• an aromatic gum resin obtained from different Arabian or eastern African woods; previously appreciated for worship as well as embalming and fumigation
    • An aromatic gum resin obtained from African and Asian woods associated with the genus Boswellia and made use of chiefly as incense and in perfumes.
    • an aromatic gum resin received from different Arabian or eastern African trees; formerly valued for worship and embalming and fumigation
    • Styrax punctata (see Styrax).
    • the key trees producing resinous exudations known as frankincense tend to be: Boswellia Carterii (view Boswellia)
    • the Norway spruce, Abies Picea;
    • an aromatic gum resin received from numerous Arabian or eastern African woods; formerly appreciated for worship and embalming and fumigation
    • the loblolly-pine, Pinus Tæda (see frankincense, 2); and
    • Styrax punctata (see Styrax).
    • an aromatic gum resin obtained from various Arabian or East African woods; formerly valued for worship as well as embalming and fumigation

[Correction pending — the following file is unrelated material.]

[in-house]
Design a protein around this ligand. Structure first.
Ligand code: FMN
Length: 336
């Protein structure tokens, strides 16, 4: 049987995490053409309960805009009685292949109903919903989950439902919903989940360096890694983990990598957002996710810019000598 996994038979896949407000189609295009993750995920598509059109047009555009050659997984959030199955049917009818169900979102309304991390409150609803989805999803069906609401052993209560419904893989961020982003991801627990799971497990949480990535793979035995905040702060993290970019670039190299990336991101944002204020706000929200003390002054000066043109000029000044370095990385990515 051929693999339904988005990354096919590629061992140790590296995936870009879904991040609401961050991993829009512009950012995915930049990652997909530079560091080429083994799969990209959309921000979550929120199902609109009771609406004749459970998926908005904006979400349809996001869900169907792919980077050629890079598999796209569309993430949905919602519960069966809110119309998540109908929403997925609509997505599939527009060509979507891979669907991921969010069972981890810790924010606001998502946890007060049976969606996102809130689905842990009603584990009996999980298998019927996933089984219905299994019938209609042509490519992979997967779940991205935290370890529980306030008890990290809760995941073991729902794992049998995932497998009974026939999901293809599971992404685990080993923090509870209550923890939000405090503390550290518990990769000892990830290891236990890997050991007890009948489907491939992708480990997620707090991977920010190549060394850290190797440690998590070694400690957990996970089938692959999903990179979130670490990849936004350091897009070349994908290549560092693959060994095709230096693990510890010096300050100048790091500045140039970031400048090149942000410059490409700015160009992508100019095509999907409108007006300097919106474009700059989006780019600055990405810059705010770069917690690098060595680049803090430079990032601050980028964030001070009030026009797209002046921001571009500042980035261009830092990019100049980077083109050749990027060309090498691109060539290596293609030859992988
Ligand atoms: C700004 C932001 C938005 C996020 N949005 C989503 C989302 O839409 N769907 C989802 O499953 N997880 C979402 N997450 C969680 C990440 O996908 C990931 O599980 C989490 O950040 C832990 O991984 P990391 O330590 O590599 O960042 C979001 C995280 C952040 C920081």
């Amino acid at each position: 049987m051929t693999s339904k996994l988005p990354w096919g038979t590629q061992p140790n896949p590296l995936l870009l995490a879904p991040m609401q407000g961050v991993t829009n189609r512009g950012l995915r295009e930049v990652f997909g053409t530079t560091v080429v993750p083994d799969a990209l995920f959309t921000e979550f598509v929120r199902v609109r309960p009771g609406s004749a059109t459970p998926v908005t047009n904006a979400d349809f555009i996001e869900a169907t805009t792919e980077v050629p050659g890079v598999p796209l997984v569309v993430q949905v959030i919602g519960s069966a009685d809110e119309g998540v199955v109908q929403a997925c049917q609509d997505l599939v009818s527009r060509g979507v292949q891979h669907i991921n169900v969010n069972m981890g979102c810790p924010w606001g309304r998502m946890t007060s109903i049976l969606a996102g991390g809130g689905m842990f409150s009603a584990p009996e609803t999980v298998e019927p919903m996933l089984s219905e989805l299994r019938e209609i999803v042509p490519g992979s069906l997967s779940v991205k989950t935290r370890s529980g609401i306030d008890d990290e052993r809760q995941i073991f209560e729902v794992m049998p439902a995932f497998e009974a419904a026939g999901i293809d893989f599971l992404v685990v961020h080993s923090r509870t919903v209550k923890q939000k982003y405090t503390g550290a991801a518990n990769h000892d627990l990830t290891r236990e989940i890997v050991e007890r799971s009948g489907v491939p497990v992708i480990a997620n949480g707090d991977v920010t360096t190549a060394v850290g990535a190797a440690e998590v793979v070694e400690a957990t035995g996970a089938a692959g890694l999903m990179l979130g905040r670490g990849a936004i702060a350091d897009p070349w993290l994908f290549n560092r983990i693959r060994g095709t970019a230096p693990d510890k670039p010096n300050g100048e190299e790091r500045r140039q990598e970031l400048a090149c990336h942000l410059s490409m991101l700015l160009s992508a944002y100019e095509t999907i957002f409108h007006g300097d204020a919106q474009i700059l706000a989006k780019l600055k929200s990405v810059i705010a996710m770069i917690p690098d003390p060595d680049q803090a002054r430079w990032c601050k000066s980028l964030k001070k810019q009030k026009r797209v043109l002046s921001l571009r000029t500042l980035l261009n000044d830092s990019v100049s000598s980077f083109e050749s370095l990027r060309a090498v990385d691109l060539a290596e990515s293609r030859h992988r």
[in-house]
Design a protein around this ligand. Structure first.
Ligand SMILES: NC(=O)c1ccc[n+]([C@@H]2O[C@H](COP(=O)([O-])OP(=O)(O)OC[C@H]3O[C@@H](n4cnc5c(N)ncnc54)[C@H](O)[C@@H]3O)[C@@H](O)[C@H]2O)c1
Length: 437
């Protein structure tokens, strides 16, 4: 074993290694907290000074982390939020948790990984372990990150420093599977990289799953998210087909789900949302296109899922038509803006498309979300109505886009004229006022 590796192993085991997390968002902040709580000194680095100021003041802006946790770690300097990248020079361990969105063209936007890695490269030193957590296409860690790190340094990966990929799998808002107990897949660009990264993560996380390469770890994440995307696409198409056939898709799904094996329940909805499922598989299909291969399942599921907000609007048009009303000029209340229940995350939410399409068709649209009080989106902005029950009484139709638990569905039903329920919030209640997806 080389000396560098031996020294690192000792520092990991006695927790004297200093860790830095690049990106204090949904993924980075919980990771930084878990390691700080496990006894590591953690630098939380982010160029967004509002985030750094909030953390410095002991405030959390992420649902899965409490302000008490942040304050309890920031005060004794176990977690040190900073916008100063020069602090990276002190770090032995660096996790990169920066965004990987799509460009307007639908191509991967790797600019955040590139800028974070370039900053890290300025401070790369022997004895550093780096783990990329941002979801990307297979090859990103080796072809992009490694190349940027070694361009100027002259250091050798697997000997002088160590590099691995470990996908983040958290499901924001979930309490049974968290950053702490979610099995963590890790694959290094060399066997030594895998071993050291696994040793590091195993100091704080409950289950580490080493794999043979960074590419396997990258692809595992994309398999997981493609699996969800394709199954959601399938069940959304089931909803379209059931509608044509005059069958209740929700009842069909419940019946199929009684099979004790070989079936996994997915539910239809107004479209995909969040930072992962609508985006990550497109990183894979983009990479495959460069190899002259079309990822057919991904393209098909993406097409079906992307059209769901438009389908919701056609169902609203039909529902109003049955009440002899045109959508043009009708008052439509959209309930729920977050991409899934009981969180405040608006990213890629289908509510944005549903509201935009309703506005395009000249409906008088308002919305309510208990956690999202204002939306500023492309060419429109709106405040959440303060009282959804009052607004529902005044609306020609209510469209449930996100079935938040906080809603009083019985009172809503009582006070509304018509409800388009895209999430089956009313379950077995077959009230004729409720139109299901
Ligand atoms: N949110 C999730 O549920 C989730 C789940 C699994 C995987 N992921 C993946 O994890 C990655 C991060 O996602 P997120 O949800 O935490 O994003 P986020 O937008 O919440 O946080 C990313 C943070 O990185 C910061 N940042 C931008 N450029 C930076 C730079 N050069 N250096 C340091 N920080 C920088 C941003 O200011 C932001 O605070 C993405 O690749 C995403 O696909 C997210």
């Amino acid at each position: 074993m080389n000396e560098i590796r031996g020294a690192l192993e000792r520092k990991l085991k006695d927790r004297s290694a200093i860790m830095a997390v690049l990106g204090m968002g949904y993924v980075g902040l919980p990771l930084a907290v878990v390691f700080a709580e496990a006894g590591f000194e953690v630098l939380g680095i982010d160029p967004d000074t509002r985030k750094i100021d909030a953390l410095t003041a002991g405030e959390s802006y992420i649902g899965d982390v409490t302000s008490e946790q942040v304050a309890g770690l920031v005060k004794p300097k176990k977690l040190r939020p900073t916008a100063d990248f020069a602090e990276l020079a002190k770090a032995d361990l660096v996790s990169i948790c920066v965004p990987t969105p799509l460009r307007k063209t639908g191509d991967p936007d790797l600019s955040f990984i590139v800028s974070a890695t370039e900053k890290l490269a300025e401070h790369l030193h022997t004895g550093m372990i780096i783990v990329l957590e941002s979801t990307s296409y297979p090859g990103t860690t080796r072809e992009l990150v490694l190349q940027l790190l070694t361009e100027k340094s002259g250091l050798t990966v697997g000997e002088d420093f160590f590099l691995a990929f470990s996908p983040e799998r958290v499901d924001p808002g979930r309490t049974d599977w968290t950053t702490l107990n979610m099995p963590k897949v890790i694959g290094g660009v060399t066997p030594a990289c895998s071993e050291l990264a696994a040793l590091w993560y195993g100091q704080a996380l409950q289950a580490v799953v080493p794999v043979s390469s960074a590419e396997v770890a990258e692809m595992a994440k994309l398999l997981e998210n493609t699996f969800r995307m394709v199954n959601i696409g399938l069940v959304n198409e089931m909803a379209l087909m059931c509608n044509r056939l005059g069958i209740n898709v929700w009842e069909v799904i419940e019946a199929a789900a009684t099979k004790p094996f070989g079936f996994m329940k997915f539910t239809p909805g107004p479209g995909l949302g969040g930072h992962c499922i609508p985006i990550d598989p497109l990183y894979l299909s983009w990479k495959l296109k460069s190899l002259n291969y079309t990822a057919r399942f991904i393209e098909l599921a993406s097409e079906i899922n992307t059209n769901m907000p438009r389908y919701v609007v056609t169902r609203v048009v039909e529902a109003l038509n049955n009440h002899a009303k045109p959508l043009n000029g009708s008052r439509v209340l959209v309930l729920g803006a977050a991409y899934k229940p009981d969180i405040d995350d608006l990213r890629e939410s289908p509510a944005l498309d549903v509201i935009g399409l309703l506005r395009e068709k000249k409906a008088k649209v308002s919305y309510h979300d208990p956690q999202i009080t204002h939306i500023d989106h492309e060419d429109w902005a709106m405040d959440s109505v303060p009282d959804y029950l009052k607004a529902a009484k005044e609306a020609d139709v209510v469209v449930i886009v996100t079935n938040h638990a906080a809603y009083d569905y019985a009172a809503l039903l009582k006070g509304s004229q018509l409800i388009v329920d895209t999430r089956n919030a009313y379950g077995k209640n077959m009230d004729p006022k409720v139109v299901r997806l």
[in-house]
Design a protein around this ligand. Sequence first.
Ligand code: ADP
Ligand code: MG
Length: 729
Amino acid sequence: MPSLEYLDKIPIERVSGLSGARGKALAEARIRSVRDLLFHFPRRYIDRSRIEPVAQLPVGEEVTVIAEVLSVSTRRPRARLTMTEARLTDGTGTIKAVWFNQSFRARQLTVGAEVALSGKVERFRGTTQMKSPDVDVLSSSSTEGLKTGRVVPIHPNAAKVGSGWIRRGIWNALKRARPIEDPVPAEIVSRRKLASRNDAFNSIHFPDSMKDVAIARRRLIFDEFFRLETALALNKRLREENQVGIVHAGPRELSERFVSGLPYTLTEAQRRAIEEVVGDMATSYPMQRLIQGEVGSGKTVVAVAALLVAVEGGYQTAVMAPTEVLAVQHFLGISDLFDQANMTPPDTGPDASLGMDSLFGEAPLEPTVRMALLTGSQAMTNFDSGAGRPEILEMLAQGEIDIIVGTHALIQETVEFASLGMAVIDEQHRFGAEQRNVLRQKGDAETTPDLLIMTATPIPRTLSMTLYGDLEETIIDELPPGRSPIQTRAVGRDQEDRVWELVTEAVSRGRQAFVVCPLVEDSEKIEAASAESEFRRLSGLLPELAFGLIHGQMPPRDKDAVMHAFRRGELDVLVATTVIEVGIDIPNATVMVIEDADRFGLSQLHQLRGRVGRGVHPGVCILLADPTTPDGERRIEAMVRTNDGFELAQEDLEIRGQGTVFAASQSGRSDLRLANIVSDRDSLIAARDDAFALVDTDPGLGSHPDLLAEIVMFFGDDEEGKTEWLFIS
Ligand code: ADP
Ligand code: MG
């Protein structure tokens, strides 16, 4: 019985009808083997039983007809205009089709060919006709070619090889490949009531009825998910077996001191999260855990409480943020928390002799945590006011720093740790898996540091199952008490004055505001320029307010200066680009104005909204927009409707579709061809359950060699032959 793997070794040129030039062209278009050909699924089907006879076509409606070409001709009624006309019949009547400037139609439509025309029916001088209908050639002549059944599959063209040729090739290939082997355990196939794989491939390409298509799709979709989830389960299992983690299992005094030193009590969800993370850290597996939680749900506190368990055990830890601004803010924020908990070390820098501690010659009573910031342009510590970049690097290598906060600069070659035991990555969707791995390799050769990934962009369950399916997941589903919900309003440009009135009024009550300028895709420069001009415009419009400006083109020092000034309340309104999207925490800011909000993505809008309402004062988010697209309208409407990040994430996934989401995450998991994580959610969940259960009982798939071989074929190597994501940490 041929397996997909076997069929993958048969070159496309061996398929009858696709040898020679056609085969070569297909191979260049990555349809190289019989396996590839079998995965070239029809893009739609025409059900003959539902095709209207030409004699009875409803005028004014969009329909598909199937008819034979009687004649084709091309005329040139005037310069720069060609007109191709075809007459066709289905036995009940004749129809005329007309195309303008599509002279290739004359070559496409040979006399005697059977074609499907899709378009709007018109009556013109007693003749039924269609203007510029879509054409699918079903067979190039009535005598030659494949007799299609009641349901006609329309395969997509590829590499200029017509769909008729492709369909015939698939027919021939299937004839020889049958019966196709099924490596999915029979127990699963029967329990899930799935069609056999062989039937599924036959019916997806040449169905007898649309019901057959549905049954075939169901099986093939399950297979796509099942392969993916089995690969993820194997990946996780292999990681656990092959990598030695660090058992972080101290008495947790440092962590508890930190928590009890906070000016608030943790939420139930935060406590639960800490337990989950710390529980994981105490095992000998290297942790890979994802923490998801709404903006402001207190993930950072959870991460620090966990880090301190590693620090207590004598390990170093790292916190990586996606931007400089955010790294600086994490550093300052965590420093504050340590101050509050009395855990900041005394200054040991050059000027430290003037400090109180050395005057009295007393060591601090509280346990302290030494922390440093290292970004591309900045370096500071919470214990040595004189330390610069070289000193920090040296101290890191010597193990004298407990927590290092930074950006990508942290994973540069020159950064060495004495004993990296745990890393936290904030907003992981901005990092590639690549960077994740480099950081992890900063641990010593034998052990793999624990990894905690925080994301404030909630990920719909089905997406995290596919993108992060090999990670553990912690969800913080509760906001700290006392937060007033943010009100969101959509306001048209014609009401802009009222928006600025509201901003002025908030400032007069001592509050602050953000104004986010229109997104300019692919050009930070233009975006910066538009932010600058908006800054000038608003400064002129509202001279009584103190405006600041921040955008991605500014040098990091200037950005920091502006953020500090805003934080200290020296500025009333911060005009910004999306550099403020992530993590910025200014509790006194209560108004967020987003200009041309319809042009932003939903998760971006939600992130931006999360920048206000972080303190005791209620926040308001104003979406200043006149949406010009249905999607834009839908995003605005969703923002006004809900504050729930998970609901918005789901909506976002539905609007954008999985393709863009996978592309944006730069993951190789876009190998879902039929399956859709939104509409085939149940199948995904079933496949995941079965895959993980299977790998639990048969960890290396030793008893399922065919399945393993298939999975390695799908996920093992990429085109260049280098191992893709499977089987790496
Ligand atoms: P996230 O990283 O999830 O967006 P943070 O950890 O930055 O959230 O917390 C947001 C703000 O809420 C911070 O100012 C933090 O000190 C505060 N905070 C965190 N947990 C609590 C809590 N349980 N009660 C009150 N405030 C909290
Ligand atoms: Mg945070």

• An aromatic gum resin obtained from African and Asian trees for the genus Boswellia and made use of chiefly as incense plus in perfumes.
    • a kind of incense gotten through the Boswellia thurifera tree.
    • A fragrant, aromatic resin, or gum resin, burned as an incense in spiritual rites or even for medicinal fumigation. Best types now originate from East Indian trees, regarding the genus Boswellia; a commoner kind, through the Norway spruce (Abies excelsa) also coniferous woods. The frankincense of this old Jews continues to be unidentified.
    • An aromatic gum resin yielded by woods regarding the genus Boswellia, a lot used from old times, particularly for burning as incense in religious observances. See olibanum. Also known as gum therefore.